Unfortunately, women’s limited opportunities, enforced dependence, and exclusion from most aspects of public life ensured that they did not create history in the same ways as men did but to locate women in the period, one must look not only in the public record but also in private or domestic artefacts such as wills, letters, advice books, and diaries. As Brown and McBride rightly emphasize, in many cases, the historical evidence of women’s existence is recorded only in terms of their relationship to males, so one must “listen to the silences” of these documents to locate women. What one finds on such careful examination is that women were not only contributors to the cultural achievements of the Renaissance, but they were crucial laborer, though often unpaid and always valued less than their male counterparts. The role of women in Renaissance can be, thus, divided into three themes – (i) Women as mothers, daughters, wives, widows, and domestic workers – the roles in which most Renaissance women passed their lives; (ii) Women as nuns, uncloistered holy women, saints, heretics, reformers and sectaries, and witches. A significant fraction of women associated themselves with the church, or were said to have committed themselves to such roles, specifically the witches; (iii) The exceptional women who became warriors, queens and patronesses, scholars, writers, and visionaries. In this paper, I am focusing only on the first theme.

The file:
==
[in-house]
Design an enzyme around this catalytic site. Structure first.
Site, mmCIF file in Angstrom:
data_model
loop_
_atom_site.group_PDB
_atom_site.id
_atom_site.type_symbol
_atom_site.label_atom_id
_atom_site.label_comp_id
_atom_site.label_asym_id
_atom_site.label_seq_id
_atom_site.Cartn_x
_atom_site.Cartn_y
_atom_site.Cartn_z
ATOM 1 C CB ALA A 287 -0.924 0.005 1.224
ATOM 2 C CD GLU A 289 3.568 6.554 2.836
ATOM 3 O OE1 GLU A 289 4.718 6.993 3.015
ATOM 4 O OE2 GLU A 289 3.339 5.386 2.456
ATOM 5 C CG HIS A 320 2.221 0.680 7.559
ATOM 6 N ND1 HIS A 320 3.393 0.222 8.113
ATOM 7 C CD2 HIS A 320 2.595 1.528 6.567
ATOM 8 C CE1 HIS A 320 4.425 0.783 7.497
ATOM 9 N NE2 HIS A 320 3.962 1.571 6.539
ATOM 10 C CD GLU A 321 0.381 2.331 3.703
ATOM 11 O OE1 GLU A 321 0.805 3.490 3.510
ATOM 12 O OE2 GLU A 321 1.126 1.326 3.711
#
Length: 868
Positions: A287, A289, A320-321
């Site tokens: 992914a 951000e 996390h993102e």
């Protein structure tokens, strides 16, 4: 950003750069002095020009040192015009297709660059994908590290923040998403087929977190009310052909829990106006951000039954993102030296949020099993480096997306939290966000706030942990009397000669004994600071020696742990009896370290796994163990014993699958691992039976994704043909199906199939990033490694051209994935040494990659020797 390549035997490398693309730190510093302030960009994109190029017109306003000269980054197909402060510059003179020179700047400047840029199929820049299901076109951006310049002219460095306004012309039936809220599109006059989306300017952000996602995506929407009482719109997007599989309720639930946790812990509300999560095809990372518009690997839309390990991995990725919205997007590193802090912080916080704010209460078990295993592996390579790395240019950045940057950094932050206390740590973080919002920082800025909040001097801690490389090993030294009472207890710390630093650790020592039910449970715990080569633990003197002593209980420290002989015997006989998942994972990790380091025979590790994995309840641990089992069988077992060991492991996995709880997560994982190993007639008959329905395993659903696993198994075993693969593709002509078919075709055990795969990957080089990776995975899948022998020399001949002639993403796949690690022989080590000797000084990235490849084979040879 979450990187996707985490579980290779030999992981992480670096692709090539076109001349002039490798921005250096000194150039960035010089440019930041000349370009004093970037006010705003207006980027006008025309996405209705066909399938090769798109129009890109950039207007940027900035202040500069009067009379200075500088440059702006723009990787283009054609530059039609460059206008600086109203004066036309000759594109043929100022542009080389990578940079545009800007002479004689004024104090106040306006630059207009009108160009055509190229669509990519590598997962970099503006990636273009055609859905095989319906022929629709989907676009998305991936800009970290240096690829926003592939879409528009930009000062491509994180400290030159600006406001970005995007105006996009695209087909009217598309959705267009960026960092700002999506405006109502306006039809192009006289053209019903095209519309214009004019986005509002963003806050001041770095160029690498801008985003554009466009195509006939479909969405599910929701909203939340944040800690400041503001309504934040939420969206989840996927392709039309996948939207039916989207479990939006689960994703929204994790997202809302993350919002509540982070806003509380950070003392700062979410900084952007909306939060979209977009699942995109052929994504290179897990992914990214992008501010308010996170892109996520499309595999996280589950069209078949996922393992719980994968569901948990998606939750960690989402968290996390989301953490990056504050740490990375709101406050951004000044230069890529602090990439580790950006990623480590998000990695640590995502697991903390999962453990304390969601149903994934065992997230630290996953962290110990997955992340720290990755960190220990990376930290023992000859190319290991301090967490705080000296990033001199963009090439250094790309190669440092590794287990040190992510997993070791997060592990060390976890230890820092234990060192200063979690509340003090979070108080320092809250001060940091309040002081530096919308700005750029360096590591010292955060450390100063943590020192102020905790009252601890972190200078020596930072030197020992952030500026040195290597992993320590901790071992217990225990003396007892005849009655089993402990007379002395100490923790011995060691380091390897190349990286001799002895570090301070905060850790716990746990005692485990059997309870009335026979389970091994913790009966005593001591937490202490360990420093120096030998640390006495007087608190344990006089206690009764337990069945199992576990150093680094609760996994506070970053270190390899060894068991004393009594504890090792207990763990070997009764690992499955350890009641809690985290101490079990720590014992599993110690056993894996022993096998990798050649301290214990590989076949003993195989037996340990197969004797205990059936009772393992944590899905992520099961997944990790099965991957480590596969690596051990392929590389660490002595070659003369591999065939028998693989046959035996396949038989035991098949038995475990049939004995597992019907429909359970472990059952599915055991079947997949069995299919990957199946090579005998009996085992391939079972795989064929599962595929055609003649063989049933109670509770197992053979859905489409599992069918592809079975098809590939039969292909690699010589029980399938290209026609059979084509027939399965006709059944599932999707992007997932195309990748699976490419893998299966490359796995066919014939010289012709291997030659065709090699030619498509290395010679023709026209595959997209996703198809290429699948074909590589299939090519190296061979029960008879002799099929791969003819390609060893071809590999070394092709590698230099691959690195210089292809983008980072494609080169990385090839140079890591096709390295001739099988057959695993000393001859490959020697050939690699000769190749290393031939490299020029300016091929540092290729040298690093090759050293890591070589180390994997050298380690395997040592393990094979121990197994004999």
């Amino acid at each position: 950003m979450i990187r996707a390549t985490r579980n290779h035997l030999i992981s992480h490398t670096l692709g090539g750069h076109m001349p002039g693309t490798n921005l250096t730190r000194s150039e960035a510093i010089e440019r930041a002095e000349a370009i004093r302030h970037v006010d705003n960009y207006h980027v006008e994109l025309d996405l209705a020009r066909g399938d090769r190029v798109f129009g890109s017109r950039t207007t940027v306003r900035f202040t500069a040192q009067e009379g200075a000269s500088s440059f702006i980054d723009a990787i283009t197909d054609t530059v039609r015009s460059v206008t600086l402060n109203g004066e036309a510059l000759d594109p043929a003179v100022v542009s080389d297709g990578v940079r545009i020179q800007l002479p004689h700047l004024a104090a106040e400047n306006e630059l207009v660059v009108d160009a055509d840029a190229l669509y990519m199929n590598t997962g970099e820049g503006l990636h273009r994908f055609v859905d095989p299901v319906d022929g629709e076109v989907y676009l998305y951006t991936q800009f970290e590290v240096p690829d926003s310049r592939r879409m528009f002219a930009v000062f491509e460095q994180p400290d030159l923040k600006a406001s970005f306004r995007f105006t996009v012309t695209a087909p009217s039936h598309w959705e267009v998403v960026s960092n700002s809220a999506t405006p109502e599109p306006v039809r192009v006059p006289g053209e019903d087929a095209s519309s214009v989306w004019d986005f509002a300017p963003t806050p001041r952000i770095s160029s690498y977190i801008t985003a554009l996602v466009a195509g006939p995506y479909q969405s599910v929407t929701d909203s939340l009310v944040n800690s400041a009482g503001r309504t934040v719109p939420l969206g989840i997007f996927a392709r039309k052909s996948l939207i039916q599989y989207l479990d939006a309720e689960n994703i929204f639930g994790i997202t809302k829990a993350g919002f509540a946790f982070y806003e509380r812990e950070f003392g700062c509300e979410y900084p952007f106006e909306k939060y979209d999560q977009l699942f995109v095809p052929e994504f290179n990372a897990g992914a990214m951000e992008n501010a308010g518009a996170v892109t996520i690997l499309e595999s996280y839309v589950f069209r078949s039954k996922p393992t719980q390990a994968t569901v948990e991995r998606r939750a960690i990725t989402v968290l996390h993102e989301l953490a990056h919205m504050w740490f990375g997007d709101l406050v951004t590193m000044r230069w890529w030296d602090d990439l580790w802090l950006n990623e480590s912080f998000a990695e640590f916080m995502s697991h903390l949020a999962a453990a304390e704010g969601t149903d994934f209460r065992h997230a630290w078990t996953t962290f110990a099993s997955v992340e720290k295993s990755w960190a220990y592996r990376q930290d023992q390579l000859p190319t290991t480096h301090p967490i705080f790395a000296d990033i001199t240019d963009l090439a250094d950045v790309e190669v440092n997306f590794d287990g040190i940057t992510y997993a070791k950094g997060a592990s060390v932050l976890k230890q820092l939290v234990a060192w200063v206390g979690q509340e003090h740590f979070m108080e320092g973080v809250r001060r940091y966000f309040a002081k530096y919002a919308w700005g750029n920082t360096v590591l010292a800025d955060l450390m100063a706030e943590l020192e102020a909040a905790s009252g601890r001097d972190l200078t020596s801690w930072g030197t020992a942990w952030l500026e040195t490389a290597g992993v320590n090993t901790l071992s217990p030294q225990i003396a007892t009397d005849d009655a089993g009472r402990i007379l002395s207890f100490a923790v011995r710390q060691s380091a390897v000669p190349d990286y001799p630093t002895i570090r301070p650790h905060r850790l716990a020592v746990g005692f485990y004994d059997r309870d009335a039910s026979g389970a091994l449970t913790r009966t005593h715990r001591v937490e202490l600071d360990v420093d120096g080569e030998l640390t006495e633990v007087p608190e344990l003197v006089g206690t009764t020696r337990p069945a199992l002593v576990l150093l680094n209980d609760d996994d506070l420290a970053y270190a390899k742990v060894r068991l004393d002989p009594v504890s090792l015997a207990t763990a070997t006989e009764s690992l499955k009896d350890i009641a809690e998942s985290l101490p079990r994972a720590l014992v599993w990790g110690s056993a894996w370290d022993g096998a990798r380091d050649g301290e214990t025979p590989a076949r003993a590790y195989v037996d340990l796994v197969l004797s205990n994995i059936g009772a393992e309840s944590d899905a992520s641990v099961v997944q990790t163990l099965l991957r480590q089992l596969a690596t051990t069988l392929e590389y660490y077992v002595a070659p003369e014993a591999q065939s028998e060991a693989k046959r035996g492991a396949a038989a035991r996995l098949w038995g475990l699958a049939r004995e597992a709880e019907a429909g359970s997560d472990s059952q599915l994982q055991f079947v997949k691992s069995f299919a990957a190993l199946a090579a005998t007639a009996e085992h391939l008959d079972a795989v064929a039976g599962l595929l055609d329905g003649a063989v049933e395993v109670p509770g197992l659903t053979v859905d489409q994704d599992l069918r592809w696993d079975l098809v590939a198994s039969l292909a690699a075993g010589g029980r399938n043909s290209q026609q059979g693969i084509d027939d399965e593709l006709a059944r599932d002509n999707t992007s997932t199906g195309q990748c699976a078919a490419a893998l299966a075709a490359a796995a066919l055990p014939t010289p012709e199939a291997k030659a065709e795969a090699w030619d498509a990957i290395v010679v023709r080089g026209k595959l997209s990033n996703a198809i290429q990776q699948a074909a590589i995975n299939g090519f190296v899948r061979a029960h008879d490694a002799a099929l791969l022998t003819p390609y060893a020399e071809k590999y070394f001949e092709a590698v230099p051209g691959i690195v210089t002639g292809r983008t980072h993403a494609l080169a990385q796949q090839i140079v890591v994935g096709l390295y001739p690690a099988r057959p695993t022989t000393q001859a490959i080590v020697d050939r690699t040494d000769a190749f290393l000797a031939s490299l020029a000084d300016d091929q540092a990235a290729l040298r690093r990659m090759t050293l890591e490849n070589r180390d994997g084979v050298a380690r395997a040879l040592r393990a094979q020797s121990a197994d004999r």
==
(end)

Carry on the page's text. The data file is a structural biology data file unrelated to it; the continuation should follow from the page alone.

Margaret L. King writes that motherhood would define the lives of Renaissance women and occupy most of their years. From their mid-twenties in most social groups, from adolescence in elite circles, they experienced a cycle of childbirth and nursing and childbirth again. Wealthy women bore more babies than poor women as the rich did not nurse their own children, they conceived again soon after each birth. Where fertility lagged, families died out. The situation was such that sometimes unproductive marriages would threaten the very survival of the ruling class of a country. It is hardly surprising, therefore, that humanists Leon Battista Alberti and Francesco Barbaro saw the ability to procreate successfully as a preeminent concern in the choice of a wife. Moreover, Martin Luther was of the opinion that even if women bore themselves weary, or bore themselves out (that is, died), that was the purpose that they existed for. To bear children was both a privilege, considering that women who had just borne a child was celebrated and pampered, and a burden, since the torment of childbirth was great. Often women would die in childbirth or they lived to face the death of the baby they had borne at such risk as child mortality was high. Neither was infanticide rare. Though sometimes forgiven or overlooked, infanticide was a serious crime, one that lead to frequent condemning of the woman who committed it and soon a rage against infanticide came to be associated with a rage against witches. More frequently, in a struggle for survival of the adults, children were abandoned rather than murdered. Nevertheless, whether with their families or abandoned to outsiders, those babies who survived were fed by breast, commonly for eighteen to twenty-four months; again women’s specific task.